The acute effects of ethanol (1.0 g/kg and 1.5 g/kg, n = 4 and n = 5, yielding blood concentrations of 1.3 +/- 0.2 mg/ml and 2.4 +/- 0.3 mg/ml) on myocardial perfusion were studied in anesthetized, thoracotomized, artificially ventilated dogs by using a radioactive microsphere technique. The control group (n = 5) received saline. The smaller dose of ethanol decreased perfusion in the left ventricular myocardium from 0.737 +/- 0.122 to 0.555 +/- 0.122 ml/g/min (NS), whereas the greater dose nonsignificantly increased it, from 0.744 +/- 0.115 to 0.819 +/- 0.119 ml/g/min (p
The short- and long-term hemodynamic effects of encainide, a new class IC antiarrhythmic agent, were studied in 25 patients (mean age 61 +/- 11) with complex symptomatic ventricular arrhythmia and left ventricular dysfunction. Ninety-two percent had previous myocardial infarction and 8% had dilated cardiomyopathy. Seventy-five percent had congestive heart failure, class III or IV, according to the New York Heart Association. All patients underwent a nuclear ventriculogram performed at least 3 days after discontinuing previous antiarrhythmic drugs. Nuclear ventriculograms were repeated 1 to 6 weeks later while the patients were receiving therapeutic doses of encainide ranging from 75 to 300 [corrected] mg/day. Nuclear ventriculograms were also repeated after 6 months or 1 year of encainide therapy in 16 of these patients. Encainide did not have significant effects on heart rate, blood pressure, left ventricular ejection fraction, systolic or end-diastolic volumes. None of the patients showed a worsening of congestive heart failure during encainide therapy. These results compare favorably with those of other class I antiarrhythmic agents. A review of published reports on the hemodynamic effects of intravenous encainide shows it to have a mild but statistically significant dose-related depressant effect on cardiac function. This effect, however, appears to be no different from that of other newer class I agents.
We examined whether adrenomedullin, a vasoactive peptide expressed in the heart, modulates the increase in blood pressure, changes in systolic and diastolic function, and left ventricular hypertrophy produced by long-term administration of ANG II or norepinephrine in rats. Subcutaneous administration of adrenomedullin (1.5 microg.kg(-1).h(-1)) for 1 wk inhibited the ANG II-induced (33.3 microg.kg(-1).h(-1) sc) increase in mean arterial pressure by 67% (P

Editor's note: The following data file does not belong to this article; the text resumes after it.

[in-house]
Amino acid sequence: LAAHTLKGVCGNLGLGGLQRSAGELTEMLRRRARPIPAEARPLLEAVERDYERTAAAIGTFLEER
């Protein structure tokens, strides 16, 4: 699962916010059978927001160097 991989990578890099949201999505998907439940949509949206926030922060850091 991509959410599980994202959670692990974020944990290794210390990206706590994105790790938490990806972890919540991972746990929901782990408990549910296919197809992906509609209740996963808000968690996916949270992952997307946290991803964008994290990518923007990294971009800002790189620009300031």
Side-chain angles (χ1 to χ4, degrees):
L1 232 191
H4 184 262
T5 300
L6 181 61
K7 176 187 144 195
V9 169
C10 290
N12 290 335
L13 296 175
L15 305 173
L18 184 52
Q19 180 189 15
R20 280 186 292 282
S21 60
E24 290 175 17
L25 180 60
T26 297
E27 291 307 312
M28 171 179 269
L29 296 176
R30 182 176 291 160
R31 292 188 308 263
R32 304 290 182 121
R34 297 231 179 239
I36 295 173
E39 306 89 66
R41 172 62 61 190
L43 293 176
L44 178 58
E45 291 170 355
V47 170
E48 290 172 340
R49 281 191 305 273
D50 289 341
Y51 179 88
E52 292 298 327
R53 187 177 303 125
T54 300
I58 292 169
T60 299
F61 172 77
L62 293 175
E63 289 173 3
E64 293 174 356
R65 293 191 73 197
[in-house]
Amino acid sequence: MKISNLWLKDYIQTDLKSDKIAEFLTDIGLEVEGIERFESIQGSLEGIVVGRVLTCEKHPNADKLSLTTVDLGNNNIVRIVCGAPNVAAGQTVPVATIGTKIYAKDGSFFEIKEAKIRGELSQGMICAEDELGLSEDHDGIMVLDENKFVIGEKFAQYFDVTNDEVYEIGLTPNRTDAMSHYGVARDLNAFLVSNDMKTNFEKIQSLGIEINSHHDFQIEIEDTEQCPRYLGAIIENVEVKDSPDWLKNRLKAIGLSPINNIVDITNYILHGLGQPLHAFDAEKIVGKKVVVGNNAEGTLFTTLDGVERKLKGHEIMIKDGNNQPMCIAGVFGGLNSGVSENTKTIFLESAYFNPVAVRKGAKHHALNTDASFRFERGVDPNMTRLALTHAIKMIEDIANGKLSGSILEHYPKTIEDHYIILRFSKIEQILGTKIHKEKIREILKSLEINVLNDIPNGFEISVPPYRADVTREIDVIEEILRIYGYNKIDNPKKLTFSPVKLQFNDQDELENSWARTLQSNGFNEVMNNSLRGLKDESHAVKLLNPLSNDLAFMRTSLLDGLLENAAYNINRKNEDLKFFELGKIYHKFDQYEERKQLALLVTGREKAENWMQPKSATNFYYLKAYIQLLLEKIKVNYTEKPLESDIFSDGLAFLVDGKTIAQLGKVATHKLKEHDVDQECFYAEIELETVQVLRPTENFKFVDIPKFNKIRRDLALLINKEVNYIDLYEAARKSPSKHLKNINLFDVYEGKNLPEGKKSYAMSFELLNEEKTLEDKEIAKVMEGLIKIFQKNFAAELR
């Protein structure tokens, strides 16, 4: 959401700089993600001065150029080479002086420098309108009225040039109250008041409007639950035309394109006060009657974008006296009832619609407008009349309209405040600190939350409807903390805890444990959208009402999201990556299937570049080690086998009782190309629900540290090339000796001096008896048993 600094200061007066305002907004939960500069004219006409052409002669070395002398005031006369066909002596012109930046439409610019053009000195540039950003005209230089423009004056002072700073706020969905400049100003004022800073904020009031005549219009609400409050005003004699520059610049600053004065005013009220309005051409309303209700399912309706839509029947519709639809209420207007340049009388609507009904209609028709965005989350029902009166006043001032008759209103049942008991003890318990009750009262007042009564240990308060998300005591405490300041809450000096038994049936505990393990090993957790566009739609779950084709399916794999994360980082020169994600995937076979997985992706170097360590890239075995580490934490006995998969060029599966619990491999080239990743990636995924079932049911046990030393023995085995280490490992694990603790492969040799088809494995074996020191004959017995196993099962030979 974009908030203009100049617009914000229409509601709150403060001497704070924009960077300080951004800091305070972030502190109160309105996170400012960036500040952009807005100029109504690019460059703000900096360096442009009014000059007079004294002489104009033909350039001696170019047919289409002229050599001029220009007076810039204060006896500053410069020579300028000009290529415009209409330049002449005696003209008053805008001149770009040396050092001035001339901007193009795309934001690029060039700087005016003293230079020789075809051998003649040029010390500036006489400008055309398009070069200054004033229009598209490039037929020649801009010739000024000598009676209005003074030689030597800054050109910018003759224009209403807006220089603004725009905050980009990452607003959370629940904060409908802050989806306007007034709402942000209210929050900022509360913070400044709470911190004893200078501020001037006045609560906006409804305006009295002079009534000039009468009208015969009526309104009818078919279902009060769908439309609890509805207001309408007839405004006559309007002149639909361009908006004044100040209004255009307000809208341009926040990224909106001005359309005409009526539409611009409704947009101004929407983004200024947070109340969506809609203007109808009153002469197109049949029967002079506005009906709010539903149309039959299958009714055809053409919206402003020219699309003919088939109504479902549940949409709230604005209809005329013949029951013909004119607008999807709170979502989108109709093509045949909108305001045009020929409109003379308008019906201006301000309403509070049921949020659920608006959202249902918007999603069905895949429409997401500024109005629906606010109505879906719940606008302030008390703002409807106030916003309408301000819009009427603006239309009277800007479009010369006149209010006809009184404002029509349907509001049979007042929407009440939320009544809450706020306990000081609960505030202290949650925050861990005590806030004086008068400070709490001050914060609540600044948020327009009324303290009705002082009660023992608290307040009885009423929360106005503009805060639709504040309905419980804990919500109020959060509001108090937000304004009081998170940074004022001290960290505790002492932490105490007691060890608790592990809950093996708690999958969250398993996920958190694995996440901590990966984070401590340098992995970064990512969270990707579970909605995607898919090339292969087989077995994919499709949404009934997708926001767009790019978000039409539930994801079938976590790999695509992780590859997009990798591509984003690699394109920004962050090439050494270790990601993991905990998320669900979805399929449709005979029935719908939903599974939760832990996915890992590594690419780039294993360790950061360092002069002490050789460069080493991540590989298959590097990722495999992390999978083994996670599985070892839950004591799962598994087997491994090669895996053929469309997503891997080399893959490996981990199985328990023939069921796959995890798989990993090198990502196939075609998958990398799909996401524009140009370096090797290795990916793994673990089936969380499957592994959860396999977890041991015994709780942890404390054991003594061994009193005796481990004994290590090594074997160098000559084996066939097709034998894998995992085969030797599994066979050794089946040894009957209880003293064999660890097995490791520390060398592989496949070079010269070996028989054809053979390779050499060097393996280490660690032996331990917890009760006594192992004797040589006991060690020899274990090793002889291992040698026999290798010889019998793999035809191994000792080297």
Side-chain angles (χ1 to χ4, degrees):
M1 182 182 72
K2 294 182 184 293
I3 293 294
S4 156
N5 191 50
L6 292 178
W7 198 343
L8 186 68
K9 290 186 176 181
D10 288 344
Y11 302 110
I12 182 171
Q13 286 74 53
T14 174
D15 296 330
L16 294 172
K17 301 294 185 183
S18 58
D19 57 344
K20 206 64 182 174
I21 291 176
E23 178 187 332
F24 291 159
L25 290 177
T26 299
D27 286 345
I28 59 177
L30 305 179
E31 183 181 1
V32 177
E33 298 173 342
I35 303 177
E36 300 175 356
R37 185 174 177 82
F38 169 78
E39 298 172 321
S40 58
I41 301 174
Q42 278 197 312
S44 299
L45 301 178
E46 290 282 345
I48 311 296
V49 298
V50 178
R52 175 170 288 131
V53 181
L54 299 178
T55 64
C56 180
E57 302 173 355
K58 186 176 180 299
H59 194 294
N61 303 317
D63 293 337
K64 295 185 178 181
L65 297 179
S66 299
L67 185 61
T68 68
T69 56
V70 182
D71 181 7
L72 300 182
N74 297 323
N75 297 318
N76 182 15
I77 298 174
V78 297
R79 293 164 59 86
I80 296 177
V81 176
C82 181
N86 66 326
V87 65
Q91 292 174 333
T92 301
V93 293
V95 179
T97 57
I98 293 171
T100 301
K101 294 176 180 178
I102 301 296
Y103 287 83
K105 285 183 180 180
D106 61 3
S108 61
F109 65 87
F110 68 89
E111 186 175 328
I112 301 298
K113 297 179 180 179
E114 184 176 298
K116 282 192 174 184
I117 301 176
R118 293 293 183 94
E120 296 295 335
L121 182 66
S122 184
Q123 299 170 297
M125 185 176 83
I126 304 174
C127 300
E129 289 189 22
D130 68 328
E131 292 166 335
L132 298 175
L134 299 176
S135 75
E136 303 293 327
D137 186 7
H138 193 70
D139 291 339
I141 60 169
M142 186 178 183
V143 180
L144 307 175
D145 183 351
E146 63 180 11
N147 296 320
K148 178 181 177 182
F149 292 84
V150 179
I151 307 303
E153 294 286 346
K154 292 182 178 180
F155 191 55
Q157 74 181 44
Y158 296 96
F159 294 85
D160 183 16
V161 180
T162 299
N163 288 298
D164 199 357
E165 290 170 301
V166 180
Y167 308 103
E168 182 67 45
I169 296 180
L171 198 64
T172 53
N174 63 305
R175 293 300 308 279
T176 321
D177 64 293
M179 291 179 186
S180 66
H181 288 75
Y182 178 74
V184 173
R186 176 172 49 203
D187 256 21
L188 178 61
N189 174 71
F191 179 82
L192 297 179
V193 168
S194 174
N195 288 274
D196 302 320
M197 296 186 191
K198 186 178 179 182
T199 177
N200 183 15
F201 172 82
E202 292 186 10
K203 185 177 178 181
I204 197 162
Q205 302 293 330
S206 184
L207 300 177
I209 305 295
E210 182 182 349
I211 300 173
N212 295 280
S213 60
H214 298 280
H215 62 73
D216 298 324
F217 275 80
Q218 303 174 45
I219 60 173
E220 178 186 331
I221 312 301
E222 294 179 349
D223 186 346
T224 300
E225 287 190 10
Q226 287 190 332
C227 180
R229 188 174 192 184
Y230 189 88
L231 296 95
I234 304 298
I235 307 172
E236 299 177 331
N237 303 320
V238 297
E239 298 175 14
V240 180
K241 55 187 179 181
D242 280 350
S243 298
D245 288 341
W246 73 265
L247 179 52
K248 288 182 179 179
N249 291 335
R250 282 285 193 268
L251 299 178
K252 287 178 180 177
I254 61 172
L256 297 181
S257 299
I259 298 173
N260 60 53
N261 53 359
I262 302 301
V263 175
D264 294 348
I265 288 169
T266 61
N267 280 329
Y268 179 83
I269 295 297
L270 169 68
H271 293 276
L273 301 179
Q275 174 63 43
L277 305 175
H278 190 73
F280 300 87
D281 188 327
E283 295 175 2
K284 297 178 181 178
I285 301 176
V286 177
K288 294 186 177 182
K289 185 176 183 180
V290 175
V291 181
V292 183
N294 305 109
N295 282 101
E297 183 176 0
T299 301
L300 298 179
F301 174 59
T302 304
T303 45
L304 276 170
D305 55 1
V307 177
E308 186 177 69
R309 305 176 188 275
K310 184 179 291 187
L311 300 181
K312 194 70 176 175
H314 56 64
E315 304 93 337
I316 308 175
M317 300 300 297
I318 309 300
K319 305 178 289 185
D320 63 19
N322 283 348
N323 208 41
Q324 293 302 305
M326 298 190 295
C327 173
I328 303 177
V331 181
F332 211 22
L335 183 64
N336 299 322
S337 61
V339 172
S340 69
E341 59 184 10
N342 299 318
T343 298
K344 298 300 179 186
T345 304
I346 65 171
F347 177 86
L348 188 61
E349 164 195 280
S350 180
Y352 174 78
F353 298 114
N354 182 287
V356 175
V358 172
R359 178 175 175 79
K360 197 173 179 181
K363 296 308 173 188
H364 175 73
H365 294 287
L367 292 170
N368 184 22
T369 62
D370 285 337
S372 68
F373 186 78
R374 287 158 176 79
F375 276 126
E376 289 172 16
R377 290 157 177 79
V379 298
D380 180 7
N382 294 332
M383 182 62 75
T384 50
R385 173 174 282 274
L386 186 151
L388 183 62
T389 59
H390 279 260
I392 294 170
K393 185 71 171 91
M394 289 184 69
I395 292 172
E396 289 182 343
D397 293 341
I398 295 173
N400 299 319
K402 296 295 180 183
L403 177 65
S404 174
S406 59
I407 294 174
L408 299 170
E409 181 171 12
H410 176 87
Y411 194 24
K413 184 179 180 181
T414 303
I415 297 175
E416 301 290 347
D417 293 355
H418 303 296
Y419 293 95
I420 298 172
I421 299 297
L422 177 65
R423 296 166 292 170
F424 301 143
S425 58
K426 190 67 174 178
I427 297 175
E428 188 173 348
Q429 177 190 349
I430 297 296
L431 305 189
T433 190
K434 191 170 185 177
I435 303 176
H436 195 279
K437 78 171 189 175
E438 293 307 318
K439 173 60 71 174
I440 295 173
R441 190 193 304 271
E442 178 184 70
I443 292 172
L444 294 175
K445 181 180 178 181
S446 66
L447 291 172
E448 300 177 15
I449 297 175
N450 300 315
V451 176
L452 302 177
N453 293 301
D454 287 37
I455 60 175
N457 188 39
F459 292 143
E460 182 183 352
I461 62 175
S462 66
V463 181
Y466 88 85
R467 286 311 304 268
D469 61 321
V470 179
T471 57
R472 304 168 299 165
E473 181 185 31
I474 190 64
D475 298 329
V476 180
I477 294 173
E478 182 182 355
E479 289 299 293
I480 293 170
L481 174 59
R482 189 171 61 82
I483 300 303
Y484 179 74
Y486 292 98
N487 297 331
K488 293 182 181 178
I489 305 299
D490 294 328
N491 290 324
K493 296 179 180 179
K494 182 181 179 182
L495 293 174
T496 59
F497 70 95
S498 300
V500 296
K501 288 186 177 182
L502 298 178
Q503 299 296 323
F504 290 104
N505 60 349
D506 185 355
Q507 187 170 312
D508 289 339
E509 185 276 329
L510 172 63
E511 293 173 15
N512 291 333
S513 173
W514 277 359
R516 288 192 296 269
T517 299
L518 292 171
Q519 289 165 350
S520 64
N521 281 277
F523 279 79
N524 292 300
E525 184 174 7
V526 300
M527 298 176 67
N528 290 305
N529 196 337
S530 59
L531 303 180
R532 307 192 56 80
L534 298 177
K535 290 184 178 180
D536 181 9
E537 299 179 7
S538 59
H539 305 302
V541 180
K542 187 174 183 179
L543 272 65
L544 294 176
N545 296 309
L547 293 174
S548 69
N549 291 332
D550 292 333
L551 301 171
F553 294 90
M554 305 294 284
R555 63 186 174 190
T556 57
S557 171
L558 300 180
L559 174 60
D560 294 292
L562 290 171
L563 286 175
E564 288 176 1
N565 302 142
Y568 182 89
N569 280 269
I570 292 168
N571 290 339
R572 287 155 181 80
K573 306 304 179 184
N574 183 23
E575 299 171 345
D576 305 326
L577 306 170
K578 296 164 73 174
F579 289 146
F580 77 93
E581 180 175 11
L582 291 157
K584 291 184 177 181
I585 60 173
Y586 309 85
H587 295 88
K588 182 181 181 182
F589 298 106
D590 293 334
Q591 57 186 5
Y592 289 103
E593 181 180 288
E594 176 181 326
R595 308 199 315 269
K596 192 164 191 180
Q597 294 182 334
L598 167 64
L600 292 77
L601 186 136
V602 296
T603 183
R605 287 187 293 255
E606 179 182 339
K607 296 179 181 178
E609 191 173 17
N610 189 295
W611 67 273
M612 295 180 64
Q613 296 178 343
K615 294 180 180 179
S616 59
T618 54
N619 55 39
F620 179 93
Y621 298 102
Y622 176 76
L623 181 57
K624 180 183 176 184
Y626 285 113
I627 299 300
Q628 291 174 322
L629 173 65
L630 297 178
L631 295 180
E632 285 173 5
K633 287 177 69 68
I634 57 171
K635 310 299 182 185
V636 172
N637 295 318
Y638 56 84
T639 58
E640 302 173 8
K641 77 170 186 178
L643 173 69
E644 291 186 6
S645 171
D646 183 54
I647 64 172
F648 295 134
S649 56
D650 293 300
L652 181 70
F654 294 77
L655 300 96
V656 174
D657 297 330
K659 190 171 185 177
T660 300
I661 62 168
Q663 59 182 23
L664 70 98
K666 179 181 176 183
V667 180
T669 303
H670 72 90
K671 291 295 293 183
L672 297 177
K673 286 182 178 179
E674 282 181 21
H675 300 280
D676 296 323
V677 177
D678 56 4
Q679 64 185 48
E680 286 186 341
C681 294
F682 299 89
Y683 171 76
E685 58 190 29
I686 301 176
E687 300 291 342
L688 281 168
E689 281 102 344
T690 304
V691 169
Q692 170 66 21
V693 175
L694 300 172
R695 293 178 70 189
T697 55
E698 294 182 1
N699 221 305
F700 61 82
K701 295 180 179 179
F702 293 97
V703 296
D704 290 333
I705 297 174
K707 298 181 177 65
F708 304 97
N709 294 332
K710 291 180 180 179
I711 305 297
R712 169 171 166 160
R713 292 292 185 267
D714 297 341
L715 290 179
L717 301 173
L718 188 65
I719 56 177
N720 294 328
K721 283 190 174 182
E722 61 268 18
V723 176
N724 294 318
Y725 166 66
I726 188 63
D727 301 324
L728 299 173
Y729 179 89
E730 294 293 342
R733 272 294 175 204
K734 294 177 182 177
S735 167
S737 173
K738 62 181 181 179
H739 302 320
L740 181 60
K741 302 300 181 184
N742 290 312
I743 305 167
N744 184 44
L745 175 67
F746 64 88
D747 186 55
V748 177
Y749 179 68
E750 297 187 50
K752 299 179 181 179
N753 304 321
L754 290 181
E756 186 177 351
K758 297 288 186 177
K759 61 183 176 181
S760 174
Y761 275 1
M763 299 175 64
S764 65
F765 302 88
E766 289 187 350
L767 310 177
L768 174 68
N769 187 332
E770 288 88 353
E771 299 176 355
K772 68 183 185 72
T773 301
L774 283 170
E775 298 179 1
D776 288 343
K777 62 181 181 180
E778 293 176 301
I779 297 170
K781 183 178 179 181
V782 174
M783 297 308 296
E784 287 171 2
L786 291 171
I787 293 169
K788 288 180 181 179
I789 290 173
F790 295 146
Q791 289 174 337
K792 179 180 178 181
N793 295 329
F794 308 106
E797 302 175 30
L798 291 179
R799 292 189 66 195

Correction of the metabolic link of the natural course of ischemic heart disease (IHD) was found out to be a real reserve of enhancement of therapy efficiency in treating this condition. A total of 137 IHD patients were examined, presenting with functional class II-III exertional angina, their age ranging between 67 to 86 years. Kinds of metabolic complexes to be used in IHD treatment included amino acids, antioxidants, cofactors, energy-providing compounds that enhance efficiency of basic methods of IHD therapy. A positive therapeutic effect of metabolic correction treatments was evidenced by earlier dispelling of electrocardiographic signs of myocardial ischemia, higher tolerance to physical load, improvement in parameters characterizing cardio-hemodynamics.
The pharmacokinetics of morphine was studied in 27 infants receiving a single intravenous dose of 0.1 mg/kg morphine after surgery (n = 23) or during mechanical ventilation (n = 4). The pharmacokinetics of morphine varied greatly between the subjects, especially in the neonates. The clearance and half-life varied distinctly with postnatal age. The mean (+/- SD) half-life was 8.1 +/- 8.1 h in 10 neonates younger than 1 week, 5.4 +/- 3.4 h in 10 infants aged from 1 week to 2 months and 2.6 +/- 1.7 h in 7 infants aged from 2 to 6 months. Mean clearance increased significantly with age, being 8.7 +/- 5.8 ml/min/kg in the youngest age group, 11.9 +/- 5.1 ml/min/kg in those aged 1 week to 2 months and 28.0 +/- 8.9 ml/min/kg in those aged 2-6 months, and was also significantly lower in the critically ill infants. The clearance and half-life of morphine begin to approach adult values after the age of 1 month, but great individual variability exists even after that. In order to reduce the risk of overdosing or underdosing, the dose of morphine should be titrated individually.